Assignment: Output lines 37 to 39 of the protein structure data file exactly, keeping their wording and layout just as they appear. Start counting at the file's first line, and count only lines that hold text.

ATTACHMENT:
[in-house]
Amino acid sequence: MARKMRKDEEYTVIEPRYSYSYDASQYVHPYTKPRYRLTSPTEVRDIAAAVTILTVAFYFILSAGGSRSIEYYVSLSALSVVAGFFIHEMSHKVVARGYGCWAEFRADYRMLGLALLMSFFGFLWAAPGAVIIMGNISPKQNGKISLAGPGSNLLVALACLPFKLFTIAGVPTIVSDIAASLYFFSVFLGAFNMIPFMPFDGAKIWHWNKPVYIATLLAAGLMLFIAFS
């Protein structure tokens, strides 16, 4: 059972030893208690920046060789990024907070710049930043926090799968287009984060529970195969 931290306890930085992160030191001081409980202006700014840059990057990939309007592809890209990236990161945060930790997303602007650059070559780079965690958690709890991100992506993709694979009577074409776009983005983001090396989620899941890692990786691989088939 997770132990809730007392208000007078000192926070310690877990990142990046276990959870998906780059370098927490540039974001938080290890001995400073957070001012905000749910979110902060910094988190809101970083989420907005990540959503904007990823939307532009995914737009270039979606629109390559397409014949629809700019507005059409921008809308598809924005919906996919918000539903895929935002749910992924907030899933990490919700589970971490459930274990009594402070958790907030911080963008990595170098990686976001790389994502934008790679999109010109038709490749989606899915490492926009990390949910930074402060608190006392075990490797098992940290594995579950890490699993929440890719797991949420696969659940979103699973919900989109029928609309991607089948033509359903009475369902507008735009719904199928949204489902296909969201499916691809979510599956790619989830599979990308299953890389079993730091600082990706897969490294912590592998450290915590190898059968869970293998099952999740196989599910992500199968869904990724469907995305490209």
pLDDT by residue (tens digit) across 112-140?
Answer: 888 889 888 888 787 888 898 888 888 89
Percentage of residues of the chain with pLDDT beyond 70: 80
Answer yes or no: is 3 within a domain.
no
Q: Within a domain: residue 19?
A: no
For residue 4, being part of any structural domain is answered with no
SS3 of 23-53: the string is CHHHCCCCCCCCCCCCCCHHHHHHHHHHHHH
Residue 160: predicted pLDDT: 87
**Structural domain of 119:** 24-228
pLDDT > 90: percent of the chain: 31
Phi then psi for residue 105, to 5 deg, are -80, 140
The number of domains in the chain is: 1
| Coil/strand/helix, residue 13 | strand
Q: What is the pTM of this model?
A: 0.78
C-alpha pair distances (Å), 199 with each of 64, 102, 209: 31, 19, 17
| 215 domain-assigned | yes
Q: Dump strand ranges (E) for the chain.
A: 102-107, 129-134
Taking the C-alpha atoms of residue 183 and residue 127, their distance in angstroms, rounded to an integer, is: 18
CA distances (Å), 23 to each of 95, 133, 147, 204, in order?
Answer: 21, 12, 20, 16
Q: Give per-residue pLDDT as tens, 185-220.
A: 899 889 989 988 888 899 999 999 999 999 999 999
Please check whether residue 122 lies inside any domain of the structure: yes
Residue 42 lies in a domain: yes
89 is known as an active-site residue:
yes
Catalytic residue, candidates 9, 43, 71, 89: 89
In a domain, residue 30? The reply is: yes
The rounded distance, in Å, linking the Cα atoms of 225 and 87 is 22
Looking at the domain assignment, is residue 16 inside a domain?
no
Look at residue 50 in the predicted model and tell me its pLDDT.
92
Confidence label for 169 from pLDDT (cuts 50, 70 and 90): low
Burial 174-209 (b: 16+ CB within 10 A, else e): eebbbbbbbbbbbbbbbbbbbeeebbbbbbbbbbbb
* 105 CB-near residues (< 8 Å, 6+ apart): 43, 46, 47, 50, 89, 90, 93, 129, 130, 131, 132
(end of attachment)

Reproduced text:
Looking at the domain assignment, is residue 16 inside a domain?
no
Look at residue 50 in the predicted model and tell me its pLDDT.